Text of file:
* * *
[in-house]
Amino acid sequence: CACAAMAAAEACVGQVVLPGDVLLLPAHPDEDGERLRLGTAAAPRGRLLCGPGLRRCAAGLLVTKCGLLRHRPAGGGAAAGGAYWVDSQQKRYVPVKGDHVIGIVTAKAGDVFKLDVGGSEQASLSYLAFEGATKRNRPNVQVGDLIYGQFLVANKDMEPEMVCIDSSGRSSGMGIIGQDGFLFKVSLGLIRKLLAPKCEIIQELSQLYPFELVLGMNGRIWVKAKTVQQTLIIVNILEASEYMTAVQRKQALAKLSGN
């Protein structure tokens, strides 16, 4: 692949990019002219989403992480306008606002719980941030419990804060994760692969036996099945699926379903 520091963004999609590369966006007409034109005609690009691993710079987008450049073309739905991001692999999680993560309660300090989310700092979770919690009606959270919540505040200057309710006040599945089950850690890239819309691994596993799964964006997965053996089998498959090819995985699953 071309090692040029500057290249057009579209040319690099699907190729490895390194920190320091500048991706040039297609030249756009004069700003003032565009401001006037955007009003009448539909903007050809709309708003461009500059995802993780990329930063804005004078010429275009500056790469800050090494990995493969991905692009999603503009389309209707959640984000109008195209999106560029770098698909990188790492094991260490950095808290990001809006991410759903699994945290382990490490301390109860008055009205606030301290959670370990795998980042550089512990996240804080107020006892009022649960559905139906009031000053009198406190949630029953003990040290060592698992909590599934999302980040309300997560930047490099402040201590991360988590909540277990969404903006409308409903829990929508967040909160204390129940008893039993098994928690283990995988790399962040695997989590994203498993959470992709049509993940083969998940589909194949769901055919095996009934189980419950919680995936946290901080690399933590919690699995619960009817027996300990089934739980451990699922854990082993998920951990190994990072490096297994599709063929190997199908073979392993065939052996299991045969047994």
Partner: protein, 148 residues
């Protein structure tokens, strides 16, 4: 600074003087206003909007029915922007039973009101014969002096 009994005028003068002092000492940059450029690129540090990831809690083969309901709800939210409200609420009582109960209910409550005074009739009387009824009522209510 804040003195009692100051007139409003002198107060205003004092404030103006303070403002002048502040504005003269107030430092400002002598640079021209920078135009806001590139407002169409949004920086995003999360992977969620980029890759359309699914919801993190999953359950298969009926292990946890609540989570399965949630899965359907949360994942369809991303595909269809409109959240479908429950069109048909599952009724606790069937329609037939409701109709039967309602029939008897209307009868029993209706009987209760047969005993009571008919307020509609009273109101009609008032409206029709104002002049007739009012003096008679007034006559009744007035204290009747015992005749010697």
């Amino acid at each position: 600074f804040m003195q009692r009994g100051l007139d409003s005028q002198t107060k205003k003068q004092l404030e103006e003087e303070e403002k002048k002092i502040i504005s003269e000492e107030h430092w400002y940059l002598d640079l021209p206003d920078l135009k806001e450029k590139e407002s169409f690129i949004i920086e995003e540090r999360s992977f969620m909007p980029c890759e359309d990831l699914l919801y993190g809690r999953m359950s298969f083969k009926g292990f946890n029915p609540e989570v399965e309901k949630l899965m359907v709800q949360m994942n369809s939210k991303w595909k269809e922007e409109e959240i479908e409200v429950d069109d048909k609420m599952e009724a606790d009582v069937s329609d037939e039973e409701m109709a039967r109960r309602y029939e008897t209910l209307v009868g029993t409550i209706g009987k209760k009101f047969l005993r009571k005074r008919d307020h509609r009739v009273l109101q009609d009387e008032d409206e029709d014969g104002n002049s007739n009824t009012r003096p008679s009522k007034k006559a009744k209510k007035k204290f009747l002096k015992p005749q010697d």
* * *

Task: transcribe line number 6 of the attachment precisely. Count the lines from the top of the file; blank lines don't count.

């Amino acid at each position: 600074f804040m003195q009692r009994g100051l007139d409003s005028q002198t107060k205003k003068q004092l404030e103006e003087e303070e403002k002048k002092i502040i504005s003269e000492e107030h430092w400002y940059l002598d640079l021209p206003d920078l135009k806001e450029k590139e407002s169409f690129i949004i920086e995003e540090r999360s992977f969620m909007p980029c890759e359309d990831l699914l919801y993190g809690r999953m359950s298969f083969k009926g292990f946890n029915p609540e989570v399965e309901k949630l899965m359907v709800q949360m994942n369809s939210k991303w595909k269809e922007e409109e959240i479908e409200v429950d069109d048909k609420m599952e009724a606790d009582v069937s329609d037939e039973e409701m109709a039967r109960r309602y029939e008897t209910l209307v009868g029993t409550i209706g009987k209760k009101f047969l005993r009571k005074r008919d307020h509609r009739v009273l109101q009609d009387e008032d409206e029709d014969g104002n002049s007739n009824t009012r003096p008679s009522k007034k006559a009744k209510k007035k204290f009747l002096k015992p005749q010697d």